Literacy and non-formal education
257.The Outline Act introduced literacy campaigns and non-formal education and recognized combating illiteracy as a major objective. The authorities regard the development of non-formal learning as an alternative that may help achieve a better realization of children’s right to education.
258.In addition to the establishment within the Ministry of Education of a service responsible for partnership and non-formal education, the main initiatives have sought to restructure the area by improving the effectiveness of national programmes:
A reference framework was produced with the help of a forum on enhancing the quality and effectiveness of literacy campaigns and non-formal education (held in March 2004).
Additional statistics were made available through a 2005 study on the current state of literacy and non-formal education.
Drawing on earlier work, the September 2006 national meeting on literacy and non‑formal education took policy decisions and defined priority intervention areas essential to the formulation of a national strategy and plan of action.
259.The document summarizing the meeting focuses on policy decisions intended to enhance the right to knowledge and to improve the vocational integration of children/young persons who are not enrolled in school, have dropped out or have special needs, and of girls. A more suitable environment (specialized centres) and teaching aids (curricula and textbooks) are needed. Transfers between formal and non-formal types of education must be facilitated.
260.However, literacy is declining at national level and among women in rural and nomadic settings, as shown in the EDAM-IS1 and EDAM-IS2 surveys, falling from 61 and 95 per cent in 1996 to 49.7 and 85.2 per cent, respectively, in 2002.
261.Despite improved control by the stakeholders involved, the institution continues to face problems associated primarily with the coordination of very varied actors (public bodies, NGOs, community-based associations, etc.) and a lack of material and human resources.
Training and vocational guidance
262.The Outline Act on the Education System of 10 August 2000 stresses the importance of enhancing technical and vocational training and, in particular, of introducing vocational education at middle school level.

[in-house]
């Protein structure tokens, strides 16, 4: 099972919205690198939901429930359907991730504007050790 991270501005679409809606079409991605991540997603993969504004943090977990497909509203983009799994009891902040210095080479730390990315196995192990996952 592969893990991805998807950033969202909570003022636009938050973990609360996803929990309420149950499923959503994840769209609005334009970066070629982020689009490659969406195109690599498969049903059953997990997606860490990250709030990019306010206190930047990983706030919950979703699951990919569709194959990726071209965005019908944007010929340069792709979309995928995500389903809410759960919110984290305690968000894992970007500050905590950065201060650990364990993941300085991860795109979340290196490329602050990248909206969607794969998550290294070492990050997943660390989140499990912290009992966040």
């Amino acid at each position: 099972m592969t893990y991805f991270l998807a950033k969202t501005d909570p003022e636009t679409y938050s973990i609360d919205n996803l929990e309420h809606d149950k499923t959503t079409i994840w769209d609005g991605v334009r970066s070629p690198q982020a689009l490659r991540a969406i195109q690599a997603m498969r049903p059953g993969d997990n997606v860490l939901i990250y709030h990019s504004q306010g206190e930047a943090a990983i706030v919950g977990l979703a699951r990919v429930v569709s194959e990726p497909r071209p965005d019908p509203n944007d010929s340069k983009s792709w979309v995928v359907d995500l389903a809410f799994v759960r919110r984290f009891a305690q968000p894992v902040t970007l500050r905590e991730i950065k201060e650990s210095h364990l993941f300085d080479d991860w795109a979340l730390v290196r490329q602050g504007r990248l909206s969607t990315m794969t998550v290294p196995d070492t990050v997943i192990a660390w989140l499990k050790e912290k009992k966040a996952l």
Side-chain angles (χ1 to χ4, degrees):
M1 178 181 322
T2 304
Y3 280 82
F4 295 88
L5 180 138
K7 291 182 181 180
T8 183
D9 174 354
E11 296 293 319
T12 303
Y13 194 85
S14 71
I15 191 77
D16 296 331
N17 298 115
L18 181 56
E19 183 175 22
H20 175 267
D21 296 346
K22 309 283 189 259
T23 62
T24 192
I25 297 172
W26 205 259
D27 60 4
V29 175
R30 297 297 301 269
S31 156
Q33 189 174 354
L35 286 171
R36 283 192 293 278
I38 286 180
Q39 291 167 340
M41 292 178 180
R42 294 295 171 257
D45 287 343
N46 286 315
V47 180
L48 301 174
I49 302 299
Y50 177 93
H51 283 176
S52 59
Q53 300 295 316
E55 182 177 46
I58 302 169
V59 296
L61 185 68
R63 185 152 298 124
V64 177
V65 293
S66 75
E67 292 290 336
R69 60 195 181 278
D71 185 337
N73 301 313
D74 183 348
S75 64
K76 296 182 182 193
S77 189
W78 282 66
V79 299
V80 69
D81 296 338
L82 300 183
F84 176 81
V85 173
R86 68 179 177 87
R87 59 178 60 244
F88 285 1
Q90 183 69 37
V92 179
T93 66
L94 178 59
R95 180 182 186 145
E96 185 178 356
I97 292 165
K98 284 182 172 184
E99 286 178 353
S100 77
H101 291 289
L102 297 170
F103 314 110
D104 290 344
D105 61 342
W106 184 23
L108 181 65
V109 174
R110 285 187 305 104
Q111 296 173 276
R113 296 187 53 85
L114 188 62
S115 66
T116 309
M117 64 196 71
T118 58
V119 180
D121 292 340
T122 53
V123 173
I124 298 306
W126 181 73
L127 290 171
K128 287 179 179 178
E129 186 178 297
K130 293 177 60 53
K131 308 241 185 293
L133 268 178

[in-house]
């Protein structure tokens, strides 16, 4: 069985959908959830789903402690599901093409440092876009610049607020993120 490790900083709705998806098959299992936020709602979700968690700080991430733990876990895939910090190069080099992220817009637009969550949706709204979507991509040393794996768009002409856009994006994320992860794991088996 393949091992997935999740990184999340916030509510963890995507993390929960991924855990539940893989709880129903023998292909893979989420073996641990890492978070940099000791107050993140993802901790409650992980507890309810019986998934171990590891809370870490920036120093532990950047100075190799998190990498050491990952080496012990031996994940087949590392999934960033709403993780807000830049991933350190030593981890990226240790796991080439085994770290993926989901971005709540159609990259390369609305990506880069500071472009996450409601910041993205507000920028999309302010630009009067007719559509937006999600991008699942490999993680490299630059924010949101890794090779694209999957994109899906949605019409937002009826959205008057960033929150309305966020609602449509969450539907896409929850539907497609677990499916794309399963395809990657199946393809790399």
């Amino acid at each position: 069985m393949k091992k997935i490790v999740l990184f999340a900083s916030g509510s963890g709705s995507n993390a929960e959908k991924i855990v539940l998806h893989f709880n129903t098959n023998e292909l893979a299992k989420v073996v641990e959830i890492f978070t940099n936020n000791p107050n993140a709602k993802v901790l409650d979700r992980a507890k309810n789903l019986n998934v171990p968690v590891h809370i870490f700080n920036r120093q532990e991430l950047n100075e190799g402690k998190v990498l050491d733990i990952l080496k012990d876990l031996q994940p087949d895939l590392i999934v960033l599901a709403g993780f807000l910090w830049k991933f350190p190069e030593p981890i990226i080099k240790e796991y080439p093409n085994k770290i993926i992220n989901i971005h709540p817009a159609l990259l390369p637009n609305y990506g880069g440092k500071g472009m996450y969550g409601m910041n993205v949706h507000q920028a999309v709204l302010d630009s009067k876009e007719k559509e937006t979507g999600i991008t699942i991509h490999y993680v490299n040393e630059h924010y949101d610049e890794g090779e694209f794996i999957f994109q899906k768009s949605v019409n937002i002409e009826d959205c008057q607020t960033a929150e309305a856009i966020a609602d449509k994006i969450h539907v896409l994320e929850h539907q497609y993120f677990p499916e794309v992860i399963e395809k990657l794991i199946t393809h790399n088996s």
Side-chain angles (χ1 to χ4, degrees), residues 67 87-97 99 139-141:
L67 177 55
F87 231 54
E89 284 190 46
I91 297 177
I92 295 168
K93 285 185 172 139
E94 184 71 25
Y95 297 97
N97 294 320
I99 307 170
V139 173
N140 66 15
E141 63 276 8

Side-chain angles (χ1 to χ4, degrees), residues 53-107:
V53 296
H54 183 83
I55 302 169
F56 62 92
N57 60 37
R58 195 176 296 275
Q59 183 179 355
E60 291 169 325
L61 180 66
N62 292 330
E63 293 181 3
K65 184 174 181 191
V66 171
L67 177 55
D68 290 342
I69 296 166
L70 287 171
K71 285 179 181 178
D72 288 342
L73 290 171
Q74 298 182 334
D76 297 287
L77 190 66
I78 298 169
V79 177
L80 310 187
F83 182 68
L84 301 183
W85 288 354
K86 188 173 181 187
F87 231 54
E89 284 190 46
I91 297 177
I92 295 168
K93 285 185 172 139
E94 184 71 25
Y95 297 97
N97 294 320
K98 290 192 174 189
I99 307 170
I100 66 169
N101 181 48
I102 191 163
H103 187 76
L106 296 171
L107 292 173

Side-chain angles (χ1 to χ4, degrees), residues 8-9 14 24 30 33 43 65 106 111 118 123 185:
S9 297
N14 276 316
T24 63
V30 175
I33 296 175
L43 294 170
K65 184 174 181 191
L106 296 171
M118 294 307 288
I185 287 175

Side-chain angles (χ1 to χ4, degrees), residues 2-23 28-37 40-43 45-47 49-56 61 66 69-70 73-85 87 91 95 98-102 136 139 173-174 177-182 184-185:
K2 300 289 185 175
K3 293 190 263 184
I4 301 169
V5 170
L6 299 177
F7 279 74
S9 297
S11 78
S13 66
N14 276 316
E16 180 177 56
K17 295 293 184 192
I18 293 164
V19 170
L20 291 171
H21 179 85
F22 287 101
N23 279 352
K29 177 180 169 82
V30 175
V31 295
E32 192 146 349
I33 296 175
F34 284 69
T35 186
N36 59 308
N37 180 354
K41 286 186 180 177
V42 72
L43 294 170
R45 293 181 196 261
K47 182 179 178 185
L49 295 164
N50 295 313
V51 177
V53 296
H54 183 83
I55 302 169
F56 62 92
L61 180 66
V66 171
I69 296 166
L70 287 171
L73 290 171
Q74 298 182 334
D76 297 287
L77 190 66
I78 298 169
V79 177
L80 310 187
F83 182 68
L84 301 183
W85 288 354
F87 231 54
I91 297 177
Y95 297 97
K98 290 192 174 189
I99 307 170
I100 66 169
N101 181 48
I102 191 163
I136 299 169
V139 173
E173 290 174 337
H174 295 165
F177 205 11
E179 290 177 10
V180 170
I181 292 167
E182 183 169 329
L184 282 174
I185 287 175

263.The strengthening of technical and vocational education and their adaptation to children’s development and to market needs is the second priority of the 10-year master plan.
264.The introduction of vocational education at middle school level, in conformity with article 28 and article 29, paragraph 1, of the Convention, is part of the fight against unemployment and exclusion from schooling.
265.The 2001-2005 plan provides, inter alia, for the establishment of five basic and advanced vocational training centres, including three in districts in the interior, the implementation of a teacher education and training support mechanism, the setting up of a programme to train trainers, the elaboration of the curricula of the new structures and the provision of appropriate textbooks to the training centres.
266.This new segment of Djibouti’s school system is currently being set up, and curricula for the main subjects are being finalized for use as from the start of the 2006/07 school year.
B. Objectives of education (art. 29)
267.Articles 7, 8, 9 and 10 of the Outline Act define, in keeping with the Convention, the purposes and objectives of the Djiboutian education system as well as the main focus of the contents and the methods of implementation.
268.As set out in the Act, the goal of education is to develop children’s personality and aptitudes, thereby facilitating their socio-vocational integration and inculcating civic values so that they can make a contribution to their country.
269.To that end, the State must provide quality well-rounded education centred on the development of intellectual, physical and moral capacities.
270.The consolidation of national awareness and cohesion through the promotion of a culture of tolerance and respect for others and the training of responsible citizens who live and work in dignity constitute the principal objectives assigned to education under the Act.
271.Accordingly, educational contents must:
Provide training focused on the objective realities of the context, bearing in mind the global economic, technical, social and cultural evolution
Teach citizens the principles of democracy and a sense of patriotism, national unity, African unity, Arab-Islamic unity and values of universal civilization
Develop in each person a spirit of solidarity, justice, tolerance and peace
Provide education on the environment, health and family well-being
272.The new curricula and, in particular, the graduation requirements stress this dual objective: to have roots in one’s culture while remaining open to the civilizations of the world.
273.Specifically, the Ministry of National and Higher Education, with the help of development partners, has initiated many curricula focusing on such themes as education on population questions, environmental education, education for peace and education for risk and disaster preparedness. These curricula have been implemented through teacher training courses, the elaboration of textbooks for pupils and primary and secondary school teachers, and the inclusion of these concepts and related ideas in curricula.
C. Leisure and recreational and cultural activities (art. 31)
274.The right to leisure and recreational and cultural activities is an essential dimension of the cognitive, physical and emotional development of children and young persons.
275.The actions undertaken by the Djiboutian authorities in this regard are set out in two documents defining the main policies in the area of sport, culture and leisure:
The national youth policy 2001-2005: this overall framework of initiatives of the Government and the Ministry of Youth, Sport, Leisure and Tourism promotes the development, empowerment and social integration of young people by adapting institutional structures and strategic policies to the current concerns of Djiboutian youth.